Ottawa concerned with situation in Thunder Bay, but not willing to step in without an invitation - APTN NewsAPTN News

Ottawa concerned with situation in Thunder Bay, but not willing to step in without an invitation


(Public Safety Minister Ralph Goodale meeting with reporters after cabinet Tuesday in Ottawa. Photo: APTN)

APTN National News
Canada’s Minister of Public Safety says the federal government will not involve itself in the policing issues in Thunder Bay unless the province of Ontario or the city requests help.

On Tuesday, Ralph Goodale said while the federal government is concerned, it will not act without being asked.

“This is within the purview of the province, and it’s not in the principal jurisdiction of the Government of Canada,” said Goodale. “But we do obviously take issues in relation to the confidence that people have in public safety broadly and in the – the ability of our institutions and organizations to function successfully. That’s a concern for all people at all levels.”

The call for federal help came on May 31, when leaders within the Nishnawbe Aski Nation (NAN) called for the RCMP to step in and take over investigations from the Thunder Bay police. The request came after the body of Josiah Begg, 14, was found in the river on May 18. NAN leaders said they had lost faith in the police because the search took too long to organize, and there were too many concerns with other cases.

But Goodale said despite the call coming from First Nations leaders, Canada cannot usurp provincial jurisdiction.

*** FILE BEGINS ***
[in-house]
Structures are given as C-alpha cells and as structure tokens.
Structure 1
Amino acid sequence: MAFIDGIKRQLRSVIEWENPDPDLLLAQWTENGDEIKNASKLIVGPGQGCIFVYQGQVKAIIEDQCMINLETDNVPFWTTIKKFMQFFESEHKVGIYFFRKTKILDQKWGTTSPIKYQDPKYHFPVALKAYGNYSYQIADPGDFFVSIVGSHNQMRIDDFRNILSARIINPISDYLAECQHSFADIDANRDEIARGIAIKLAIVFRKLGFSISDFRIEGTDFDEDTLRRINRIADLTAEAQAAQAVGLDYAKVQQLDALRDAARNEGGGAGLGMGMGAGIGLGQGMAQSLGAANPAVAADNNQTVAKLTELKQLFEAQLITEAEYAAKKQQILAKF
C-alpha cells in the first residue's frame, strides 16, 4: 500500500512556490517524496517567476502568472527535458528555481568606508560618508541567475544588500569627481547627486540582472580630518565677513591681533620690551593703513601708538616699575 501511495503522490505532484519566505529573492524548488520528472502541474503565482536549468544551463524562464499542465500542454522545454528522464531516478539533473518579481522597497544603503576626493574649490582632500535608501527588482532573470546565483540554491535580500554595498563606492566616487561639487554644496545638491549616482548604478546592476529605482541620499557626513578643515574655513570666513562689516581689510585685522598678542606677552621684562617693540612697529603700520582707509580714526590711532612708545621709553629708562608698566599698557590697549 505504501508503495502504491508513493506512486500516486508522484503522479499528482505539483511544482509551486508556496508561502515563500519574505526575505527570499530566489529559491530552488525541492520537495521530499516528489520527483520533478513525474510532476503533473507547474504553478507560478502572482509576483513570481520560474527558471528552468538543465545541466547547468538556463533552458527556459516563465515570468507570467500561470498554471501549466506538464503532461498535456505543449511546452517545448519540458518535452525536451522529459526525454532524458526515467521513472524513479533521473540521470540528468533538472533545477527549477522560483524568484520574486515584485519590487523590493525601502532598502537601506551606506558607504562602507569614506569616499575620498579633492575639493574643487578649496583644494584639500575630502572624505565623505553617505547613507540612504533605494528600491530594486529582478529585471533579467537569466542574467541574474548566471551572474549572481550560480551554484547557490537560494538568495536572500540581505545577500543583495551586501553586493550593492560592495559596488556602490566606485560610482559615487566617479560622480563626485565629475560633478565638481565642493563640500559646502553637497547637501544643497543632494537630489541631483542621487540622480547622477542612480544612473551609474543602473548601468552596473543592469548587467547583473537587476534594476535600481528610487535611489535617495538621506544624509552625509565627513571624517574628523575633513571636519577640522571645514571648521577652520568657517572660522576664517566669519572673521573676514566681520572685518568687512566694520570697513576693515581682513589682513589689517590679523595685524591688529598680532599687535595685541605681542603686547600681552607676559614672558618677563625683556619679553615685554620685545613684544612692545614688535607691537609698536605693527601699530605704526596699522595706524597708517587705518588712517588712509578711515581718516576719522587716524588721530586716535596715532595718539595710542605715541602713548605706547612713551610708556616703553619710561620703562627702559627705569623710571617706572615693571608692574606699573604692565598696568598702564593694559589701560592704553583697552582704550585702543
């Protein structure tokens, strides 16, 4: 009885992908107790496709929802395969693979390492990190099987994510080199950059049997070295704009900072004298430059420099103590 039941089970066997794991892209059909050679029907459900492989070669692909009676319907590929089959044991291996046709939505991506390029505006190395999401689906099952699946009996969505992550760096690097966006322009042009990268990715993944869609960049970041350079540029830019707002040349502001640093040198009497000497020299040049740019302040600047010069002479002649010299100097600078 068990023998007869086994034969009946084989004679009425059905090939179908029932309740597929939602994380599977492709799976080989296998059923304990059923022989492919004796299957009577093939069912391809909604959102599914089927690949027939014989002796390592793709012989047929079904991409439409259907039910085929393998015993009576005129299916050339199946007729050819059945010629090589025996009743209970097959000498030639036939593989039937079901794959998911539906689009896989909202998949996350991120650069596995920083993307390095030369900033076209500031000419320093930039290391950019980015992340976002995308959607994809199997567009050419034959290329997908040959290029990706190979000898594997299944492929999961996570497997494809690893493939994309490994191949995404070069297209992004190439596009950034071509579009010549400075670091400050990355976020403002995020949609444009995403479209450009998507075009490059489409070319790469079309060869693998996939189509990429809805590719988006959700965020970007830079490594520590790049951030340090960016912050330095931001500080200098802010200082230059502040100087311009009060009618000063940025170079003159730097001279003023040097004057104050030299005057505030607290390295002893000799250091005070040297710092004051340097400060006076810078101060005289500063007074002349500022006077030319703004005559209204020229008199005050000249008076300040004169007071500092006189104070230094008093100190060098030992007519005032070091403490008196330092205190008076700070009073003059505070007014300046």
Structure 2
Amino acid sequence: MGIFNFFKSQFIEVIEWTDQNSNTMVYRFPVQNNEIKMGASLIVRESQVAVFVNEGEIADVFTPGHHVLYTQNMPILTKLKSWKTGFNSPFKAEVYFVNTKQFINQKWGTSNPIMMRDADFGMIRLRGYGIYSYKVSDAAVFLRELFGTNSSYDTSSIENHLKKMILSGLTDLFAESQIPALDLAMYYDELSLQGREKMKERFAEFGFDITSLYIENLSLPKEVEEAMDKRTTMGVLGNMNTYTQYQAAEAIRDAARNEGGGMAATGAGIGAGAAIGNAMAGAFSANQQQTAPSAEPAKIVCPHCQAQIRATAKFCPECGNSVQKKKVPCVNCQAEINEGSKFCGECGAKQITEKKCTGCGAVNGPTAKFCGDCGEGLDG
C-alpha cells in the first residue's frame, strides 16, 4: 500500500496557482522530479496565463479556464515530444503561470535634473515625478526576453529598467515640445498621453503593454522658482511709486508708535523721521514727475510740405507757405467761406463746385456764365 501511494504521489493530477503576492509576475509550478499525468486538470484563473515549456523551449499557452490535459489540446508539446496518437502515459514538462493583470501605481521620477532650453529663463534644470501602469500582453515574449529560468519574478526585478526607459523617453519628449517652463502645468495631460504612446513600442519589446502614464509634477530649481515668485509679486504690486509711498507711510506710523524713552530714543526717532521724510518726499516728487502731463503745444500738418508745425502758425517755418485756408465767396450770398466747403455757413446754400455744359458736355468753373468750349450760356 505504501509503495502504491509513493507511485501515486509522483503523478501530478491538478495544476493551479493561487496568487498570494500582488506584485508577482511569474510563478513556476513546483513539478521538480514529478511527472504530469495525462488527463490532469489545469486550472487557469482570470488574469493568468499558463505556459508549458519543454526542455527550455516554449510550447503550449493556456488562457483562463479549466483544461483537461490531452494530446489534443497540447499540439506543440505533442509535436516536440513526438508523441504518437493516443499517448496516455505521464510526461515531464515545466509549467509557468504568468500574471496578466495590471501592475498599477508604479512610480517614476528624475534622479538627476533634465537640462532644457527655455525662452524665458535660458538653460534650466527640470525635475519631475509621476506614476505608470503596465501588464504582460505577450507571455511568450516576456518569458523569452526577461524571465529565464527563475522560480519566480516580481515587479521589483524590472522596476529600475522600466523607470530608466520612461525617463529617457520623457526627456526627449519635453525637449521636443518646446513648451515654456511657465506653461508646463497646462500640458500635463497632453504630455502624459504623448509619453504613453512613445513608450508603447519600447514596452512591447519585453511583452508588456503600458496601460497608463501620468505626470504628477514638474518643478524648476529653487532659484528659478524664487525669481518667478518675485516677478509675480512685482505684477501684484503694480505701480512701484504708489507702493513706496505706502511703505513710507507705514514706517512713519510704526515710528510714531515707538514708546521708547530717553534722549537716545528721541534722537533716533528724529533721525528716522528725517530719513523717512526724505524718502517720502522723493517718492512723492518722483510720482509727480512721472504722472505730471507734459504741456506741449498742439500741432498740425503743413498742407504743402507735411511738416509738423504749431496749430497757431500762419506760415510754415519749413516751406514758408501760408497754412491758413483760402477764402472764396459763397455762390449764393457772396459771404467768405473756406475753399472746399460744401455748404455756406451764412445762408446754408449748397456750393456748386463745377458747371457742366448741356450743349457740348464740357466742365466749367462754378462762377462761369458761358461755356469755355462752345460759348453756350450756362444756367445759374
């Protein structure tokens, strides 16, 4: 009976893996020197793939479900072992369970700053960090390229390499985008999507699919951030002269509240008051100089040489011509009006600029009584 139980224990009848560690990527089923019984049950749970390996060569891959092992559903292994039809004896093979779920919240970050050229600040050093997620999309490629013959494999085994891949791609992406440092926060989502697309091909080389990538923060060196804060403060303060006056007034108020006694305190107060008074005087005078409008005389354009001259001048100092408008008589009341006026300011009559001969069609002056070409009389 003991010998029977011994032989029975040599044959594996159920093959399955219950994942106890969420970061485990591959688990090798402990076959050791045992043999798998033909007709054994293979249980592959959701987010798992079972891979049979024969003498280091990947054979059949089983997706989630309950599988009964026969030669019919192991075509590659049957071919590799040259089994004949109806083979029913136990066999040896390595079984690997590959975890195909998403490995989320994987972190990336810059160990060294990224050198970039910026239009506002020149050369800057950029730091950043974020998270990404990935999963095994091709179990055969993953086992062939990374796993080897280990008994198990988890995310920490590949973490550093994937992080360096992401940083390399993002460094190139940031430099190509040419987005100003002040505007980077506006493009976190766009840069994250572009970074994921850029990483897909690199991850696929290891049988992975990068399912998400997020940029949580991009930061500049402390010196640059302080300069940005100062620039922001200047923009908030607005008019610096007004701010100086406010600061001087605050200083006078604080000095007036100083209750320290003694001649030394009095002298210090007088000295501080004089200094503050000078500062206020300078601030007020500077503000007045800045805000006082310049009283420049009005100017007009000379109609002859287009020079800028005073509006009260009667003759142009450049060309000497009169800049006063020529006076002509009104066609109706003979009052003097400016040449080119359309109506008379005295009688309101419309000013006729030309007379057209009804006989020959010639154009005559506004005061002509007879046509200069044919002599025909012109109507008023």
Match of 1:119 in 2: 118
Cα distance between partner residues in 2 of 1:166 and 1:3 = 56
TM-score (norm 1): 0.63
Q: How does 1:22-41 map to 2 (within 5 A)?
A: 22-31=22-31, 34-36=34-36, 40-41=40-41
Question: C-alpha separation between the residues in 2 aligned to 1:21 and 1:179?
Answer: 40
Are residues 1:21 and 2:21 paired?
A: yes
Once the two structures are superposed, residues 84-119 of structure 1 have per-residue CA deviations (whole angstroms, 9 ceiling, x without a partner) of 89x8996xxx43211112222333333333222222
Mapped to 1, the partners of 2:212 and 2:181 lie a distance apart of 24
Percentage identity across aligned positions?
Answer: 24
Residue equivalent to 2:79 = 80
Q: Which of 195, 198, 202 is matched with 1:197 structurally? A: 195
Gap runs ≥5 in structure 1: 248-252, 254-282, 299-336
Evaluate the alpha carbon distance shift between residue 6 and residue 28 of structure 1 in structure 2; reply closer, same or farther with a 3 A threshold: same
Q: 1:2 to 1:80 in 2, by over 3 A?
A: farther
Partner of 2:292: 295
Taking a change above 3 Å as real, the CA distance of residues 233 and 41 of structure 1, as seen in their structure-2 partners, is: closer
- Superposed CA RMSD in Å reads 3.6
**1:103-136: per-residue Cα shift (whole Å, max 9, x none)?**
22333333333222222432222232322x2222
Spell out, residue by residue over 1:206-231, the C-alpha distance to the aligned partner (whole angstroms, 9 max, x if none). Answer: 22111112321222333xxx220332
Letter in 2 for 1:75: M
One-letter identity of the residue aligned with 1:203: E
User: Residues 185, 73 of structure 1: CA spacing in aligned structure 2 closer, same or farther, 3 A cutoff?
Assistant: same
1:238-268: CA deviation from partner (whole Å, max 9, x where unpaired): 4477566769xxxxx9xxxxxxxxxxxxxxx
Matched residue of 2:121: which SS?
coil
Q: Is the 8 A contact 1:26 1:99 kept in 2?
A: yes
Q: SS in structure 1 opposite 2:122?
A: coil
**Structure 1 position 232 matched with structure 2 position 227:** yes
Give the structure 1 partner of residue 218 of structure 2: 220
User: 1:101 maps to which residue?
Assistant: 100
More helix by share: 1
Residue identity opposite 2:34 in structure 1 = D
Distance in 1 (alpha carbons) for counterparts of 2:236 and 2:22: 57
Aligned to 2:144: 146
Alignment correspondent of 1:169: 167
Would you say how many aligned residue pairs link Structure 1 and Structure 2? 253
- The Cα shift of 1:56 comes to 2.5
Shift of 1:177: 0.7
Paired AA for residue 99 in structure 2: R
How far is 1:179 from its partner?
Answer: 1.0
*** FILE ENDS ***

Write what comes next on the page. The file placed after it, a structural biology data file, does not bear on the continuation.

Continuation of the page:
“We are there to assist and help and cooperate and do whatever we can to – to find answers and bring about appropriate solutions, but the jurisdiction of the province is paramount in these circumstances. We’re ready to help if we can, and we would be willing to receive a representation or a request or whatever, but it is first and foremost the responsibility of the – of the provincial and municipal jurisdiction,” said Goodale.

The Thunder Bay police force has been under siege lately.

  • The city’s police force is under intense scrutiny for how it investigated a number of Indigenous students who died in the city’s rivers.
  • Ontario’s police watchdog is conducting a systemic review of how the force handles crimes against Indigenous peoples in the city. Gerry McNeilly recently expanded his review to include the investigation into the death of Tammy Keeash, 17, and how police handled the search for Begg.
  • The city’s police board is under review from the Ontario Civilian Police Commission to determine if it has been giving the force the proper guidance from the community.
  • Police Chief JP Levesque is charged with obstruction of justice and breach of trust.

Also, several APTN stories have raised questions about the quality of the Thunder Bay police investigations into several deaths of Indigenous peoples including Jordan Wabasse, who died in 2011 and Keeash, whose body was discovered May 7.

Police said both drowned and no “criminality” was suspected.

The city’s interim police chief said at a news conference last week that it was “business as usual” at the force.

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